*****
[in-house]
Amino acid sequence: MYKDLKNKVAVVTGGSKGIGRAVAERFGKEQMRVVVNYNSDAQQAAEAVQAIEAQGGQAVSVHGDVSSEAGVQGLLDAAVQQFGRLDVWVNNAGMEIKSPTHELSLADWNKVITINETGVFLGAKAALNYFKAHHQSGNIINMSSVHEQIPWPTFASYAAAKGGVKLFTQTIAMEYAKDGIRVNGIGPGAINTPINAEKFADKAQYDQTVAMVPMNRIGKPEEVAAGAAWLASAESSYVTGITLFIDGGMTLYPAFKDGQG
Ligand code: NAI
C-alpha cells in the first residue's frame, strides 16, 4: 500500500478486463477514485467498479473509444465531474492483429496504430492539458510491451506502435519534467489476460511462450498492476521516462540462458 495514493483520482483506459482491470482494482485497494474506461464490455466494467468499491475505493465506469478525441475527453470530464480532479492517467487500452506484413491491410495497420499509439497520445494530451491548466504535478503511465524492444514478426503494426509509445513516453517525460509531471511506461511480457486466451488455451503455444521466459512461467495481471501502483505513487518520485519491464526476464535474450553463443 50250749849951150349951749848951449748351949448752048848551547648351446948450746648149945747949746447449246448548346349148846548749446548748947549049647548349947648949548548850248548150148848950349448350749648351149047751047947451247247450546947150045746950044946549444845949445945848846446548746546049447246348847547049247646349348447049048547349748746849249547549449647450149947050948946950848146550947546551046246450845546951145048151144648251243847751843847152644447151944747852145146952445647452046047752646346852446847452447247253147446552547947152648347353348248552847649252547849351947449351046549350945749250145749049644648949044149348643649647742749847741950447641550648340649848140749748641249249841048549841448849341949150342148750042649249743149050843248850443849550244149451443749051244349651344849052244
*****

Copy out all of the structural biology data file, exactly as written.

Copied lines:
[in-house]
Amino acid sequence: MYKDLKNKVAVVTGGSKGIGRAVAERFGKEQMRVVVNYNSDAQQAAEAVQAIEAQGGQAVSVHGDVSSEAGVQGLLDAAVQQFGRLDVWVNNAGMEIKSPTHELSLADWNKVITINETGVFLGAKAALNYFKAHHQSGNIINMSSVHEQIPWPTFASYAAAKGGVKLFTQTIAMEYAKDGIRVNGIGPGAINTPINAEKFADKAQYDQTVAMVPMNRIGKPEEVAAGAAWLASAESSYVTGITLFIDGGMTLYPAFKDGQG
Ligand code: NAI
C-alpha cells in the first residue's frame, strides 16, 4: 500500500478486463477514485467498479473509444465531474492483429496504430492539458510491451506502435519534467489476460511462450498492476521516462540462458 495514493483520482483506459482491470482494482485497494474506461464490455466494467468499491475505493465506469478525441475527453470530464480532479492517467487500452506484413491491410495497420499509439497520445494530451491548466504535478503511465524492444514478426503494426509509445513516453517525460509531471511506461511480457486466451488455451503455444521466459512461467495481471501502483505513487518520485519491464526476464535474450553463443 50250749849951150349951749848951449748351949448752048848551547648351446948450746648149945747949746447449246448548346349148846548749446548748947549049647548349947648949548548850248548150148848950349448350749648351149047751047947451247247450546947150045746950044946549444845949445945848846446548746546049447246348847547049247646349348447049048547349748746849249547549449647450149947050948946950848146550947546551046246450845546951145048151144648251243847751843847152644447151944747852145146952445647452046047752646346852446847452447247253147446552547947152648347353348248552847649252547849351947449351046549350945749250145749049644648949044149348643649647742749847741950447641550648340649848140749748641249249841048549841448849341949150342148750042649249743149050843248850443849550244149451443749051244349651344849052244